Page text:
Lebo Malepa has come a long way since he started his Soweto guesthouse 15 years ago. He now employs 40 people and has expanded to include bike tours, a restaurant, a backpackers and even an Airbnb.
“Every year the numbers are going up and every year we are creating new jobs,” says an excited Malepa, who runs Lebo’s Backpackers. His business has benefited from a growing number of foreign visitors searching for authentic experiences such as overnighting in a township. There are now three other bike operators and five other backpackers in the vicinity.
“I think there’s big potential. I think in the next 20 years it will be huge,” he enthuses. It helps that tourism is one of the easiest sectors in which to start out. Malepa initially used his grandmother’s home to start the guesthouse and first borrowed bicycles from local residents when he added bike tours.
The country’s National Development Plan (NDP) holds that tourism can stimulate the growth of small businesses; this while President Cyril Ramaphosa in February 2017 highlighted the potential of tourism in his first State of the Nation Address and identified it as a priority sector for his administration.
Indeed, foreign arrivals grew from 3.6-million in 1994 to almost 9.6-million in 2008, reaching close to 10.3-million in 2017. The 2010 World Cup alone brought over 1.4-million new visitors to the country. Yet in 2017, visitor numbers edged up by just 2.4% over the previous year, below the 7% average increase of foreign visitors globally over the same period.
To address this, SA Tourism wants to attract an additional 5-million tourists by 2021, made up of 4-million more international arrivals and 1-million more domestic holiday trips. SA Tourism says the idea behind the plan – dubbed the ‘five-in-five’ strategy – is to use the organisation’s 10 offices around the world and set each one a target to contribute towards South Africa. The organisation is partnering with various other organisations to meet the target.
With the sector growing just 2.4% in 2017 – instead of the targeted 7% – South Africa currently remains behind in meeting the target of attracting 5-million additional tourists. This was, at least in part, attributable to messaging around the water crisis in Western Cape in 2018. A survey released in September 2018 by hospitality body FEDHASA Cape found that bookings in the early part of the year were down by 67% compared to the same period in 2017 because of the drought. The good news: with dams now filling up, one can expect this to change.
Most foreign visitors plan their visits around three areas of South Africa: Cape Town, the Garden Route and the Kruger National Park. In an attempt to make tourism more sustainable, SA Tourism has begun promoting other destinations in the country.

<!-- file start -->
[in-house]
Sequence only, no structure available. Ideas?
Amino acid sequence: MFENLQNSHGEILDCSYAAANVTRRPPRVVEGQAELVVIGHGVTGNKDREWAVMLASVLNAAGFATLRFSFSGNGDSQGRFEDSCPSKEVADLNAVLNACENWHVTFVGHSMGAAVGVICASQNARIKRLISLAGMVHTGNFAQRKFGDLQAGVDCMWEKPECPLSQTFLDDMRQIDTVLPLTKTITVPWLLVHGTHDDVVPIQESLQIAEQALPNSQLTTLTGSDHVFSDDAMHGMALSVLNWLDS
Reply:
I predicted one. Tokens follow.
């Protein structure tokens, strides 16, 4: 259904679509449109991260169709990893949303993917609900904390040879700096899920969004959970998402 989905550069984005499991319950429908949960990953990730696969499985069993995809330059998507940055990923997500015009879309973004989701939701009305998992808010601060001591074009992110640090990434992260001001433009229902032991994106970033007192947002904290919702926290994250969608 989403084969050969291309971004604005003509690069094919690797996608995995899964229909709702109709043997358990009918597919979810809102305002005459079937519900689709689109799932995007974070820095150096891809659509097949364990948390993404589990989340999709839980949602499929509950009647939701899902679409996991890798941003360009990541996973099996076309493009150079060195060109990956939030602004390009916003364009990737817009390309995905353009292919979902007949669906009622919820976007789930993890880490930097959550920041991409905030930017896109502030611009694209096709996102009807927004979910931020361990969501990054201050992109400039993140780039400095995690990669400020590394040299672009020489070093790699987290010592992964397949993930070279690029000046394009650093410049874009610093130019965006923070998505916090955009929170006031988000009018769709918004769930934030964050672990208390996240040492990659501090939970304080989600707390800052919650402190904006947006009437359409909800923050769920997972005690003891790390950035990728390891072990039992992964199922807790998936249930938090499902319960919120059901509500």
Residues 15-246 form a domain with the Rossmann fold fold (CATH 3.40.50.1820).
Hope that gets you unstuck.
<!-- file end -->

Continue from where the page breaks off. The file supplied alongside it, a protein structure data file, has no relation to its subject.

In addition, President Ramaphosa’s Cabinet is considering both the introduction of e-visas for certain countries and doing away with visa requirements for others. Following the visa waiver for Angola in December 2017, there was a 39.2% increase in the number of Angolans visiting South Africa during May 2018 compared to the same period a year before. Similarly, in 2017, after the decision to do away with visas for Russian tourists, visitors from Russia increased by 52%.
Part of the challenge is coordination in government. To grow the sector, the revised National Tourism Sector Strategy was approved by Cabinet in 2017. It aims to improve tourism assets and infrastructure, promote excellent service, and effectively market the country as a destination (by offering training courses for those in tourism and language training to frontline staff) thus making it easier for tourists to come to South Africa and transform the industry. The department has also established a dedicated unit to promote and actively seek investment.
Investments worth R71-billion were made in tourism developments in 2017, accounting for over 8% of total investment in South Africa. This is expected to reach R112-billion by 2028.
David Frost, the CEO for the Southern Africa Tourism Services Association, points out tourism grew in terms of its contribution to GDP by 18% in 2016 and 7% in 2017 – both above the global average. For Frost, the government has made a lot of promises to prioritise the sector that need to come to fruition.
The UN’s World Tourism Organisation expects the market share of emerging economies to increase from 30% in 1980 to 57% by 2030, equivalent to over one billion international tourist arrivals. Africa is forecast to more than double the number of arrivals by 2030, from 50 million to 134 million. Good news indeed for the region.
South Africa grants visa-free travel to 75 countries, 16 on the African continent and 59 from the rest of the world. The Department of Home Affairs recently announced the extension of the visa-free status to:
• United Arab Emirates
• New Zealand
• Saudi Arabia
• Sao Tome and Principe